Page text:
Mister Dugan had the potential to be a hit show. It was a topical series about a recently elected idealistic black congressman who gets elected and has to contend with his less than helpful staff. Norman Lear was producing, Cleavon Little was the star. However, just days before it was to air on CBS in 1979 Lear himself pulled the show from the schedule. What went wrong? We take a look at the troubled production that started when Lear’s hit series Maude ended.
Books by Richard Irvin including Forgotten Laughs can be found here: https://www.amazon.com/Richard-Irvin/e/B001KD7NAQ
Black Caucus Strangles Mr. Dugan – Jet Magazine March 29th, 1979:
The Recall of TV’s Mister Dugan – Washington Post, April 1st, 1979:
The fall season for NBC in the 1978-79 season was a disaster. It was such a wreck that virtually of their fall debuts were gone by the time January rolled around. However, hope was on the horizon. For the last place network, they had an ace up their sleeve that they could not wait to play. That was called Supertrain, a super expensive, super marketed, super show that couldn’t miss. Until it did. The failure of Supertrain is of legendary proportions. A failure that all other giant television failures would become measured against. Was it really that expensive? Was it really that bad? And did it really almost bankrupt NBC? We talk to Supertrain Superfan Tony Cook to sort out the truth.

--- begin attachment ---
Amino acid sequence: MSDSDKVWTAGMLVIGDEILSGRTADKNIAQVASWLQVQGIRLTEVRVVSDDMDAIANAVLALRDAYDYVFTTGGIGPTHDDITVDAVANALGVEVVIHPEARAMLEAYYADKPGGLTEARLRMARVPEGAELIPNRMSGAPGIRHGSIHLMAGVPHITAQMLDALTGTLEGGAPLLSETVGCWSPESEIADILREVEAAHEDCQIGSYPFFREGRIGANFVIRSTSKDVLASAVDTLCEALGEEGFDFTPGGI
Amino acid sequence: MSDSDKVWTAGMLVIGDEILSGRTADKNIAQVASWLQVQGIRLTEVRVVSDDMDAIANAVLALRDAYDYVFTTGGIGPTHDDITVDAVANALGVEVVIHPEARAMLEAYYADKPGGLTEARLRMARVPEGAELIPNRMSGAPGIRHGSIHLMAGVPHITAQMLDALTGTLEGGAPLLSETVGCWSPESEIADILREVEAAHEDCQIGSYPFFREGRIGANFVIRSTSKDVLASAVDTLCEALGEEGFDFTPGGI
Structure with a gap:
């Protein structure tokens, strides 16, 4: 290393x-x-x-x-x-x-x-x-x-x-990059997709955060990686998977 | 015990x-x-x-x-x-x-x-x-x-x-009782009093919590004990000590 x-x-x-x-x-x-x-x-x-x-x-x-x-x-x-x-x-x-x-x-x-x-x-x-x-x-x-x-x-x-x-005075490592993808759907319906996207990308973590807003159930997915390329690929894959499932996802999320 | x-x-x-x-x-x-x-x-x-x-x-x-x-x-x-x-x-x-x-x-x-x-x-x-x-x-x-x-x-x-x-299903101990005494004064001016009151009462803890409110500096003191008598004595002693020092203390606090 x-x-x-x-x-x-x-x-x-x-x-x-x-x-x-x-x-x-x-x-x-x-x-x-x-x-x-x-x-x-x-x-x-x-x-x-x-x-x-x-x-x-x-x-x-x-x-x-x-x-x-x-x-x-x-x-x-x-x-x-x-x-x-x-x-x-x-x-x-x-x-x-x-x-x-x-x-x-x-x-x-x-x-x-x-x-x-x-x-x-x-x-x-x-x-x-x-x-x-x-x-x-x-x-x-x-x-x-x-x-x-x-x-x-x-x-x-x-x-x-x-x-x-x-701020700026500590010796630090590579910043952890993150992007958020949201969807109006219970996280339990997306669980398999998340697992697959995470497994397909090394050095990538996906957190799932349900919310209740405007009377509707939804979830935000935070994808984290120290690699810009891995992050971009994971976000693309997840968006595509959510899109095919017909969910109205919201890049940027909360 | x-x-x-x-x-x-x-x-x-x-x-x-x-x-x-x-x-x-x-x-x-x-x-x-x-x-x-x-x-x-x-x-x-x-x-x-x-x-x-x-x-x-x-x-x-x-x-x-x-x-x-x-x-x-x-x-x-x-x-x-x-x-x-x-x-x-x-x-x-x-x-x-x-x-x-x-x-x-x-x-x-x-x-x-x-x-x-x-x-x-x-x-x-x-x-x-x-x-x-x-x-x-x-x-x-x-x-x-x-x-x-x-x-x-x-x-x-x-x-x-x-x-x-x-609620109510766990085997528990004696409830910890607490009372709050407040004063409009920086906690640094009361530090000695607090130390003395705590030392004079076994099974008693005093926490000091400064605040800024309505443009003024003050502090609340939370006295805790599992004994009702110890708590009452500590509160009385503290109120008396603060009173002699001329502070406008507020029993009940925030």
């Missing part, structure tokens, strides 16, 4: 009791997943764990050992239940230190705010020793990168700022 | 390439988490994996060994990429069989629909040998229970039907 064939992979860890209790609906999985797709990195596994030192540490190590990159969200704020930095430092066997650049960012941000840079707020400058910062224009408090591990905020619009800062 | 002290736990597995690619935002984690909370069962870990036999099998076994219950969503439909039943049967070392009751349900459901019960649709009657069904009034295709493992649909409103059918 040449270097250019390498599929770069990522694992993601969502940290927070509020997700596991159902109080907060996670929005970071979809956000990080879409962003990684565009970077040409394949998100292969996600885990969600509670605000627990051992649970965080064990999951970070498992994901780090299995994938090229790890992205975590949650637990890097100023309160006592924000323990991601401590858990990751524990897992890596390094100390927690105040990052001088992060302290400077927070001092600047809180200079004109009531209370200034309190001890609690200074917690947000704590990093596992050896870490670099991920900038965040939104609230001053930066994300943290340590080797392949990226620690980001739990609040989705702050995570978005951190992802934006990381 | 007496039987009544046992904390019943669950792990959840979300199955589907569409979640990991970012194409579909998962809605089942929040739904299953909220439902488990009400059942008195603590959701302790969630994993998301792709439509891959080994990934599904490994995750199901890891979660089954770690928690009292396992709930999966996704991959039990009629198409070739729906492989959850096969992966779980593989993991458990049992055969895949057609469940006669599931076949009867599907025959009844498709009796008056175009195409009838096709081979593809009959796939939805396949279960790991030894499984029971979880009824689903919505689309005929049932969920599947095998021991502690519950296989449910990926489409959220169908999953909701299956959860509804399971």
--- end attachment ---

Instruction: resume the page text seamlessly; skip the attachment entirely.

Visit Tony’s Supertrain website here.
The Rural Purge is legend of television history. A landmark time and a watershed moment when TV decided to leave behind the down home fun and wholesomeness of Mayberry RFD, Green Aces, and The Beverly Hillbillies for urban skewing shows like All in the Family and The Mary Tyler Moore Show. But what was it that prompted mass cancellations and a television revolution? In this episode we explore the history of The Rural Purge with author Telly Davidson.
Telly Davidson’s latest book is available here.